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'The South Got Something To Say' Is A Celebratory Canon Of Southern Rap

This week, NPR Music launched The South Got Something To Say: A Celebration Of Southern Rap. The project is centered around a canon of 130 greatest releases by Southern rappers; it was assembled by a team, led by critic Briana Younger, of Southern critics, scholars and writers representing the Carolinas, Georgia, Florida, Maryland, Mississippi, Texas, Tennessee, Louisiana and Virginia.

Younger and NPR Music hip-hop critic Rodney Carmichael spoke to All Things Considered about the inspiration for the project, the sound of Southern hip-hop and the future of the genre.

Below, you can stream the songs and selected tracks from the albums and mixtapes that comprise our list via Spotify and Apple Music.

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These days, the American South is an essential part of hip-hop. It's hard to imagine what rap would sound like without artists from Houston, like Megan Thee Stallion...


MEGAN THEE STALLION: (Rapping) Simon says put your hands on your hips. Simon says put your hands on your knees.

SHAPIRO: ...Or New Orleans artists, like Juvenile...


JUVENILE: (Rapping) Girl, you working with some back, yeah. You bad, yeah. Make a brother spend his cash, yeah, his last, yeah. Girls frown when you pass...

SHAPIRO: ...Or, of course, Atlanta artists like OutKast.


OUTKAST: (Singing) Southernplayalisticadillac funky music. Now, players, if you choose it...

SHAPIRO: This hasn't always been the case. Just 25 years ago, when a young Atlanta rap duo was named best new artist at the Source Awards, the reaction was less than enthusiastic.


SHAPIRO: That duo was OutKast, and Andre 3000 had a proclamation that day.


ANDRE 3000: But it's like this - the South got something to say. That's all I got to say.

SHAPIRO: Southern rappers have often been dismissed and denigrated for their spin on the art form, which is why NPR Music has now published a canon of Southern hip-hop - 130 songs and albums. The project is called The South Got Something To Say. Editor Briana Younger and NPR Music's Rodney Carmichael are here to break it down for us.

Thanks for being here.

RODNEY CARMICHAEL, BYLINE: Thanks for having us.

BRIANA YOUNGER, BYLINE: Thanks for having us.

SHAPIRO: Briana, tell me about this huge, ambitious project. I mean, how did you go about creating this canon - figuring out who was out, who was in?

YOUNGER: Yeah. Well, I mean, I knew that the South - such a huge and diverse region and that I couldn't do it by myself and that a lot of the ways in which Southern rap had been characterized on mainstream platforms had been done by writers and critics who didn't necessarily come from or identify with the South. So I found around 25 critics from all across the South, and we just kind of voted and discussed and discussed some more what this thing would look like.

SHAPIRO: You know, when I was a kid, it was all about New York versus LA, like, East versus West. Why do you think it's taken so long for Southern rap to get its due?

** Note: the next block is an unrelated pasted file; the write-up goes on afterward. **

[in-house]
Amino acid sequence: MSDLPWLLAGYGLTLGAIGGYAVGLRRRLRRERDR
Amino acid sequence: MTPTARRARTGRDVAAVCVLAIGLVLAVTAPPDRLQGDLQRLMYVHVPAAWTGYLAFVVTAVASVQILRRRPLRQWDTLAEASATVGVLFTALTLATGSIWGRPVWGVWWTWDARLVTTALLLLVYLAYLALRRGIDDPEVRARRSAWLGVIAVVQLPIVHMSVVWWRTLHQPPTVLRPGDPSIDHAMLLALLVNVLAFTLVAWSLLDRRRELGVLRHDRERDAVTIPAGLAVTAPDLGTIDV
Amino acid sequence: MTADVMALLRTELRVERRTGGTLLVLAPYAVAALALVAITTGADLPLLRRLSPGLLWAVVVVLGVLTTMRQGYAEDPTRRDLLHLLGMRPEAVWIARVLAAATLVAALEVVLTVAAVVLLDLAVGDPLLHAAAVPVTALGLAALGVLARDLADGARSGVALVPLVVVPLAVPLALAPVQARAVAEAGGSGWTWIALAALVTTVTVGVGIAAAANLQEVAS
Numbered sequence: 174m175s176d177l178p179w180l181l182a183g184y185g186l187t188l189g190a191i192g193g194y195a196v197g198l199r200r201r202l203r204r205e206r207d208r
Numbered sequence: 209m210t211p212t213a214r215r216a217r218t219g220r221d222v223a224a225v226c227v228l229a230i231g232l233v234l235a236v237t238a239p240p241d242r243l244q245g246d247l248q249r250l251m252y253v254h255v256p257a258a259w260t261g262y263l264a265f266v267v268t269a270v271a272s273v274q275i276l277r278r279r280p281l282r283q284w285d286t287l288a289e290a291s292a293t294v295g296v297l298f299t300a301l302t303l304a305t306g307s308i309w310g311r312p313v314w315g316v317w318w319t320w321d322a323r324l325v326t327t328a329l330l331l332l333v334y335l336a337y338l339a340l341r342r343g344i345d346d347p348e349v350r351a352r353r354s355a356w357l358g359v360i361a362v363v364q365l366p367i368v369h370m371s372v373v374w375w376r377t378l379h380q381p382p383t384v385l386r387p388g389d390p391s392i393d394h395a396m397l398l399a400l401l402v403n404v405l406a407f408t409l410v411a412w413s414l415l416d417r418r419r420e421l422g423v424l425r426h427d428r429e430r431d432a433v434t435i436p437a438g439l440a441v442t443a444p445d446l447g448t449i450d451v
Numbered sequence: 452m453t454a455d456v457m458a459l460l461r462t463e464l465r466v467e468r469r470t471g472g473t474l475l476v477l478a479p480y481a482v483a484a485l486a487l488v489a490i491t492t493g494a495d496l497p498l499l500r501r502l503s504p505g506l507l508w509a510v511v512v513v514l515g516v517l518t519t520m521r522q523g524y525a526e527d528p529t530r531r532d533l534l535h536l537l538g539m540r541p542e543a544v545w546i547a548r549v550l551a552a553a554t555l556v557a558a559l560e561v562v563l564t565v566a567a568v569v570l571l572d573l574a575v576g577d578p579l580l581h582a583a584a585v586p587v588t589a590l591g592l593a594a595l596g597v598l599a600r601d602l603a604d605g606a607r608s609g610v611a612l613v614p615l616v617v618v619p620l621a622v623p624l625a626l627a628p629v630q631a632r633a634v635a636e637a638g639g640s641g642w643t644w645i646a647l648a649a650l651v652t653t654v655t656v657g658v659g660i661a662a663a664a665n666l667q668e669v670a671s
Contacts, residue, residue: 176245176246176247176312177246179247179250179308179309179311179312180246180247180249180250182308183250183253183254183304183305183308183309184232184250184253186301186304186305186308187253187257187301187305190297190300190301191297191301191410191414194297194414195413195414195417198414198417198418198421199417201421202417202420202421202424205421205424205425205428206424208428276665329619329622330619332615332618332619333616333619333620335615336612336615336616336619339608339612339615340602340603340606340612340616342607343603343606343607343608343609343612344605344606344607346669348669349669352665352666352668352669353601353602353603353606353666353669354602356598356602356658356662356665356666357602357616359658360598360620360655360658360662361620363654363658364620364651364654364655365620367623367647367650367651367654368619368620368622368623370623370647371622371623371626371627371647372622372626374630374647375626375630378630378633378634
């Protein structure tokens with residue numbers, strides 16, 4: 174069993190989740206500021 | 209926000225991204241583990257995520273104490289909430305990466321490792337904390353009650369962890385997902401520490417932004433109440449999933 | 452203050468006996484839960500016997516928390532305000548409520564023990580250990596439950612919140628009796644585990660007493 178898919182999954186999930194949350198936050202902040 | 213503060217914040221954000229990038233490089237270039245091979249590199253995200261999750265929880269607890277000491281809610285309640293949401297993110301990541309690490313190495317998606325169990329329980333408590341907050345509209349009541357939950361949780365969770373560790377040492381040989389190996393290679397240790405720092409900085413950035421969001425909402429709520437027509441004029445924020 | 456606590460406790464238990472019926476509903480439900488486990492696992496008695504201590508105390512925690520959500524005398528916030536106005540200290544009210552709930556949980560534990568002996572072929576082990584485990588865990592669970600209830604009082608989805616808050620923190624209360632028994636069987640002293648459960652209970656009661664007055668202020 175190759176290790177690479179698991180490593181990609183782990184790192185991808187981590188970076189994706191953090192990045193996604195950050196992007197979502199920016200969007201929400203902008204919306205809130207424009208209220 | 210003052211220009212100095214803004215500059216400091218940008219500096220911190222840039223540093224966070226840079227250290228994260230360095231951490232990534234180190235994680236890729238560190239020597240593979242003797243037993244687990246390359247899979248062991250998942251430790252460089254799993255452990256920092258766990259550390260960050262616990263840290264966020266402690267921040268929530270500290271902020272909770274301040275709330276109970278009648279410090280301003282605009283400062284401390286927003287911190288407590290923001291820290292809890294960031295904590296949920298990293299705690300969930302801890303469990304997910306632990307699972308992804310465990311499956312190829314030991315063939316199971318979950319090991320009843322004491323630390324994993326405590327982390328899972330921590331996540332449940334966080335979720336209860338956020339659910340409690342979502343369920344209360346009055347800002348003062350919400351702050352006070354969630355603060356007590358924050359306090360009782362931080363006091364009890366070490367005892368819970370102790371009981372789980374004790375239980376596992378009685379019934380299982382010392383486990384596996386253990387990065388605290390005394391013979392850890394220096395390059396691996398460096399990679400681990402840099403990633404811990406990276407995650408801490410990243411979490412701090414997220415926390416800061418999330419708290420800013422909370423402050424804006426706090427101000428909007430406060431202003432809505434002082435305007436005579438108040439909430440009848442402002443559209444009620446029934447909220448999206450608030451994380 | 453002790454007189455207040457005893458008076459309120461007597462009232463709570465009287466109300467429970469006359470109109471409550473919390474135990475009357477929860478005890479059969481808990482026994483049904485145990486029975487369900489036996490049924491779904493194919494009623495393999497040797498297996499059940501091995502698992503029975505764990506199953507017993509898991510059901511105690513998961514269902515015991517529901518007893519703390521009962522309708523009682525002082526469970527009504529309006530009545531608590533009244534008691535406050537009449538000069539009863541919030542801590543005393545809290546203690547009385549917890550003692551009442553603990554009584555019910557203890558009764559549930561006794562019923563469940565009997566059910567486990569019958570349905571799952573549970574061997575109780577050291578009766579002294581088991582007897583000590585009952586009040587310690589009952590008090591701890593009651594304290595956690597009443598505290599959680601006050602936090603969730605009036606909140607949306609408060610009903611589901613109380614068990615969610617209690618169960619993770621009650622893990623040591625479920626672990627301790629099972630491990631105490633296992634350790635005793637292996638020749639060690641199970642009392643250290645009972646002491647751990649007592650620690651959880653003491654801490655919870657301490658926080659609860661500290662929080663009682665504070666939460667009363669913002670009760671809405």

CARMICHAEL: I mean, you know, old hatred dies hard, you know? And folks been hating on the South so long it's just in their blood now. But the really big thing, I think, is the fact that, you know, the music industry has always been based on the coasts. A lot of that respect and just that understanding of how to translate what's going on in the South to the rest of the world, it's been lacking.

SHAPIRO: Briana?

YOUNGER: You know, it's certainly true that people everywhere have enjoyed Southern rap and it is the dominant sound. But it's also true that it's not really respected, you know, as an art form. It's not necessarily always seen as sophisticated or skillful. Like, Big K.R.I.T. on "Mt. Olympus," which is one of the songs we included...


BIG KRIT: (Rapping) Now they want to hear a country - rap. Five albums in...

YOUNGER: ...It came out in 2014, and he calls out all of this. He talks about people claiming they can't understand Southern accents. He talks about artists in other places taking certain sonic and cultural markers of the South and then it suddenly being the cool thing.


BIG KRIT: (Rapping) Like, one of these days I'm going to be a rapper, but all my verses going to be borrowed. So I'm going to take from all these Southern artists that mainstream never heard of, recycle all of their lingo, and make sure I screw my words up. Bravo for you...

YOUNGER: He talks about even himself, people saying he could have been the king of hip-hop, but they wouldn't give it to Andre 3000, nodding back to those source words. And this song would have been out nearly 20 years later.


BIG KRIT: (Rapping) You telling me I can be king of hip-hop, and they wouldn't give it to Andre 3000? Please.

YOUNGER: You know, these are all old conversations that are still very relevant and that still drive a lot of the discourse around Southern rap.

SHAPIRO: So with 130 artists on this list, give us one example of a track that, like, really represents what the South brings to hip-hop.